The Rules of Attraction (2002, Roger Avary)
This film does feature gay characters, but they’re not necessarily the main part of the story, although there is one of the most hilarious scenes I’ve ever seen involving one of them. Still I want to recommend it because of the weird tone and feel of this film and because I don’t hear many people mentioning it or talking about it anymore. The atmosphere I was referring to is once more about feeling lost and alone in this world. It’s kind of depressing now that I think of it, so I’ll recommend it with a grain of salt and if you’re into more melodramatic cinema. The story is about these college kids trying to figure out their lives while partying and having sex and all the usual stuff we do to find themselves.

Kaboom (2010, Gregg Araki)
Gregg Araki’s entire filmography except for maybe his ‘straight movie’ The Doom Generation (1995) could be recommended, but I’d like to go ahead tell you to check out my personal favorite: Kaboom. I’ve already written full-length thoughts on it, but I didn’t focus much on the fact that it’s about a bisexual character. That’s because Araki doesn’t make a big deal out of it, and those are precisely the ‘gay films’ I prefer: The ones that are just about those characters and don’t treat them any different from those that happen to be heterosexual.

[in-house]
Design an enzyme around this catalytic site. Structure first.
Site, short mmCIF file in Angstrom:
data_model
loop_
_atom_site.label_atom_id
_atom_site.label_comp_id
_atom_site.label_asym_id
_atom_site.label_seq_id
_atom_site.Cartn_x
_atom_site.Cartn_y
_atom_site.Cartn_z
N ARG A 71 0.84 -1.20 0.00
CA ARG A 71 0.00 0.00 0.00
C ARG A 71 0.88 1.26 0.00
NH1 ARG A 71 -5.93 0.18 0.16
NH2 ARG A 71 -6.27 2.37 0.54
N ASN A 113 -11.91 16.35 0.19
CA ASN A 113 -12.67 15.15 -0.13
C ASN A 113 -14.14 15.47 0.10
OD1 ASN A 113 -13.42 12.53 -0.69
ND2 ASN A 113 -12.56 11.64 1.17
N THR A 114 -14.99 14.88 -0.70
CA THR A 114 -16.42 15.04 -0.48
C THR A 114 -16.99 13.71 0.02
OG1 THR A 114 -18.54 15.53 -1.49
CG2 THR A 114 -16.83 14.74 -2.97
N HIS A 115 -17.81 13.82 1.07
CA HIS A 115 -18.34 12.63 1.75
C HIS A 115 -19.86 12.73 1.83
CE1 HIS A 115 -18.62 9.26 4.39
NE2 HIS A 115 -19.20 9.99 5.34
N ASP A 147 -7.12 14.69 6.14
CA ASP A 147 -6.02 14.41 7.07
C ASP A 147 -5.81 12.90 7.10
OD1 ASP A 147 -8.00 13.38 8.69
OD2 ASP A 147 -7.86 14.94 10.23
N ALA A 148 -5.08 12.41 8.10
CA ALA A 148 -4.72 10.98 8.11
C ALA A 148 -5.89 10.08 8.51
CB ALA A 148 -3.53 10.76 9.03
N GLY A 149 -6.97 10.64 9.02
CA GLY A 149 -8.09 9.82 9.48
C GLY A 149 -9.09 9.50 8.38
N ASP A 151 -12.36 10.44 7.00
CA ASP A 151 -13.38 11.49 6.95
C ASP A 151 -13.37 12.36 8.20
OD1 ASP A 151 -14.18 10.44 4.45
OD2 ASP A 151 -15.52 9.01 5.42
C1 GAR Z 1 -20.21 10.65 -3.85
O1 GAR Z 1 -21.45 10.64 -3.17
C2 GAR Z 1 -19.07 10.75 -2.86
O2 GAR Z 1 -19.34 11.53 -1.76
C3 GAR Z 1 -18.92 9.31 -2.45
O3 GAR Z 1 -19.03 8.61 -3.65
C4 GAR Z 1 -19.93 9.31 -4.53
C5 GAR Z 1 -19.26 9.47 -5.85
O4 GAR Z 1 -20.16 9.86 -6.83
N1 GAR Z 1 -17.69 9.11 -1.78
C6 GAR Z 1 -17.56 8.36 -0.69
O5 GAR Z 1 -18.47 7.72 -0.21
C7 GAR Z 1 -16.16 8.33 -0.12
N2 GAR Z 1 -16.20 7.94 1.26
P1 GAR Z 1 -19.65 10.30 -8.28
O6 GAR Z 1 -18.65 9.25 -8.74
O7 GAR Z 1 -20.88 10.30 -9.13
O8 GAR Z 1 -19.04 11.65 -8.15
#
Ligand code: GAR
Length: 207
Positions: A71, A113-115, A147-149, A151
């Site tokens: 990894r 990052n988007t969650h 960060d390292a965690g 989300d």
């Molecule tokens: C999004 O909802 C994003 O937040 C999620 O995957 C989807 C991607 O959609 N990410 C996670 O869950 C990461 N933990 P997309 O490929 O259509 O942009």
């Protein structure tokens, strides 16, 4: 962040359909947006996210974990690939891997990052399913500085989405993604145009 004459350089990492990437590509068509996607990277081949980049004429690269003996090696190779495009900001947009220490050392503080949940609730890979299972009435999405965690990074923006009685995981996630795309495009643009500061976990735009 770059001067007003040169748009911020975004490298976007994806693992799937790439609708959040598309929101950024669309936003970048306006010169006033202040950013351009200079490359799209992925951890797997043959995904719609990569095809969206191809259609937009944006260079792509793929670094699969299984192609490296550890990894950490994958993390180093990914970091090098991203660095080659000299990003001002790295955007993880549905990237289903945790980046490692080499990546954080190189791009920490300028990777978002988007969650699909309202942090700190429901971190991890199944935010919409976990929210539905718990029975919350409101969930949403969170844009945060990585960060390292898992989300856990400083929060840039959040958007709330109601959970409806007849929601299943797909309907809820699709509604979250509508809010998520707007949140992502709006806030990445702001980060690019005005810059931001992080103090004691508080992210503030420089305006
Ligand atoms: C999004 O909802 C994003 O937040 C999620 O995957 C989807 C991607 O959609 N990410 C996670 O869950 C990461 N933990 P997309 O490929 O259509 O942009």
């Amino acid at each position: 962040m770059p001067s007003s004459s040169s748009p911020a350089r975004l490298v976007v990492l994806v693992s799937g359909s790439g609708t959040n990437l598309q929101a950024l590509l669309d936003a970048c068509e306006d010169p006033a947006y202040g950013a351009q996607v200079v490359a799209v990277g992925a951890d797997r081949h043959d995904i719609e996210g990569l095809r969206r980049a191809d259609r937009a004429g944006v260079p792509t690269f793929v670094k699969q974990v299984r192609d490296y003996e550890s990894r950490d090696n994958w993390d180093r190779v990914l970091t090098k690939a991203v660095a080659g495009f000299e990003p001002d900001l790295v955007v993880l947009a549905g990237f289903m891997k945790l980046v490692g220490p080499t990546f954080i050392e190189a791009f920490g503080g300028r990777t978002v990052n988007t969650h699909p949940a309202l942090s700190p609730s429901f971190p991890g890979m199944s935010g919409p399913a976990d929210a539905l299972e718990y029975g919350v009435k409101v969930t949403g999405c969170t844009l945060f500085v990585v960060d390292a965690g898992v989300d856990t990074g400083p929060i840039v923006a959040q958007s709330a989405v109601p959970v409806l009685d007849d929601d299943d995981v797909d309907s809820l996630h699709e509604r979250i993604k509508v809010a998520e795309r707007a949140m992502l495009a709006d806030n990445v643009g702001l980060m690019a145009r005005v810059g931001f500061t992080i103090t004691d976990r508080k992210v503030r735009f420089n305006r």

If these five are not enough for you I’d like to bring up Darren Aronofsky’s Black Swan (2010) which I’m sure everyone has at least heard of. Swans are gay, so it makes sense that Aronofsky explore’s Nina’s (Natalie Portman) sexuality. Another bonus recommendation is the light comedy But I’m a Cheerleader (1999) getting more into a “religious nuts hating gays” kind of discourse.
That’s if from me, if you have a film that you would like to recommend: Go ahead, I like getting recommendations!

Spike Jonze’s I’m Here (2010)

spike jonze i'm here
Sheldon (Andrew Garfield) is a lonely robot living in LA, where he works as a librarian. His life is repetitive and melancholy, until he meets the cute, but troubled humanoid Francesca (Sienna Guillory). Sheldon falls in love with Francesca. They go to parties and concerts together, but one night something goes horribly wrong and Francesca loses her arm. From there things escalate, until the inevitable end.  Continue reading